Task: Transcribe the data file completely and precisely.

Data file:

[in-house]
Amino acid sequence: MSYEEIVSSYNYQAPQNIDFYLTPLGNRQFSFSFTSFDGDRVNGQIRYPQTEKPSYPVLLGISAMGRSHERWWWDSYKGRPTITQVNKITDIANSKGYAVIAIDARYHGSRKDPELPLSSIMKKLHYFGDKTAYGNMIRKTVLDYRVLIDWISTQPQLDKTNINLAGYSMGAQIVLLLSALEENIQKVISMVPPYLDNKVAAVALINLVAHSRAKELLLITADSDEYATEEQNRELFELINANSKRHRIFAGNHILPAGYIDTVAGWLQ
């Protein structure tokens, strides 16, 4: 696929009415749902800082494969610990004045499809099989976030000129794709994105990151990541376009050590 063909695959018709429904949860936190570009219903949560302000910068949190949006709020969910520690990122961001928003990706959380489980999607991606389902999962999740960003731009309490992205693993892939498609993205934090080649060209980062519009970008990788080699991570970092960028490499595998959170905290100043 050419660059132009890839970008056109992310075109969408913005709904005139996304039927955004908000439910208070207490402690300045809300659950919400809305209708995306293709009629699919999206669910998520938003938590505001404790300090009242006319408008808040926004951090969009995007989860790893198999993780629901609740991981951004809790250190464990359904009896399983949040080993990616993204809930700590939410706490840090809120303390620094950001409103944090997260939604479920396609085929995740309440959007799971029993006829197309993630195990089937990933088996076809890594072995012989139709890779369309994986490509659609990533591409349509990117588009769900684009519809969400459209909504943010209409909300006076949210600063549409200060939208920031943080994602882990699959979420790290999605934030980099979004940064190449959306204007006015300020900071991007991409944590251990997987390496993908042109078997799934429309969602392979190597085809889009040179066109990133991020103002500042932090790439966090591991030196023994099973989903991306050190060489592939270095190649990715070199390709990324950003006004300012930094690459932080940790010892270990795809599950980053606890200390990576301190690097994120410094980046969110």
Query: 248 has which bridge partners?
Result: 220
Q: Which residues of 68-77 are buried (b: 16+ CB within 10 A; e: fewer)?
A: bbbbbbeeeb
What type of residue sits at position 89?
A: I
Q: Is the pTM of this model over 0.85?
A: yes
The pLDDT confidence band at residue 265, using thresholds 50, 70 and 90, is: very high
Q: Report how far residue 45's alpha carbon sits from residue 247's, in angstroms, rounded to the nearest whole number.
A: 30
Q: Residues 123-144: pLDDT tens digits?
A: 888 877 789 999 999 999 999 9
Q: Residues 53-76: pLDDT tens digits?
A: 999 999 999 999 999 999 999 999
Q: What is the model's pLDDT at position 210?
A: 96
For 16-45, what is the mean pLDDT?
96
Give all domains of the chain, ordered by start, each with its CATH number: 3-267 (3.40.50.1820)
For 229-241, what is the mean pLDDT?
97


[in-house]
Amino acid sequence: MSYEEIVSSYNYQAPQNIDFYLTPLGNRQFSFSFTSFDGDRVNGQIRYPQTEKPSYPVLLGISAMGRSHERWWWDSYKGRPTITQVNKITDIANSKGYAVIAIDARYHGSRKDPELPLSSIMKKLHYFGDKTAYGNMIRKTVLDYRVLIDWISTQPQLDKTNINLAGYSMGAQIVLLLSALEENIQKVISMVPPYLDNKVAAVALINLVAHSRAKELLLITADSDEYATEEQNRELFELINANSKRHRIFAGNHILPAGYIDTVAGWLQ
């Protein structure tokens, strides 16, 4: 696929009415749902800082494969610990004045499809099989976030000129794709994105990151990541376009050590 063909695959018709429904949860936190570009219903949560302000910068949190949006709020969910520690990122961001928003990706959380489980999607991606389902999962999740960003731009309490992205693993892939498609993205934090080649060209980062519009970008990788080699991570970092960028490499595998959170905290100043 050419660059132009890839970008056109992310075109969408913005709904005139996304039927955004908000439910208070207490402690300045809300659950919400809305209708995306293709009629699919999206669910998520938003938590505001404790300090009242006319408008808040926004951090969009995007989860790893198999993780629901609740991981951004809790250190464990359904009896399983949040080993990616993204809930700590939410706490840090809120303390620094950001409103944090997260939604479920396609085929995740309440959007799971029993006829197309993630195990089937990933088996076809890594072995012989139709890779369309994986490509659609990533591409349509990117588009769900684009519809969400459209909504943010209409909300006076949210600063549409200060939208920031943080994602882990699959979420790290999605934030980099979004940064190449959306204007006015300020900071991007991409944590251990997987390496993908042109078997799934429309969602392979190597085809889009040179066109990133991020103002500042932090790439966090591991030196023994099973989903991306050190060489592939270095190649990715070199390709990324950003006004300012930094690459932080940790010892270990795809599950980053606890200390990576301190690097994120410094980046969110």
Query: 248 has which bridge partners?
Result: 220
Q: Which residues of 68-77 are buried (b: 16+ CB within 10 A; e: fewer)?
A: bbbbbbeeeb
What type of residue sits at position 89?
A: I
Q: Is the pTM of this model over 0.85?
A: yes
The pLDDT confidence band at residue 265, using thresholds 50, 70 and 90, is: very high
Q: Report how far residue 45's alpha carbon sits from residue 247's, in angstroms, rounded to the nearest whole number.
A: 30
Q: Residues 123-144: pLDDT tens digits?
A: 888 877 789 999 999 999 999 9
Q: Residues 53-76: pLDDT tens digits?
A: 999 999 999 999 999 999 999 999
Q: What is the model's pLDDT at position 210?
A: 96
For 16-45, what is the mean pLDDT?
96
Give all domains of the chain, ordered by start, each with its CATH number: 3-267 (3.40.50.1820)
For 229-241, what is the mean pLDDT?
97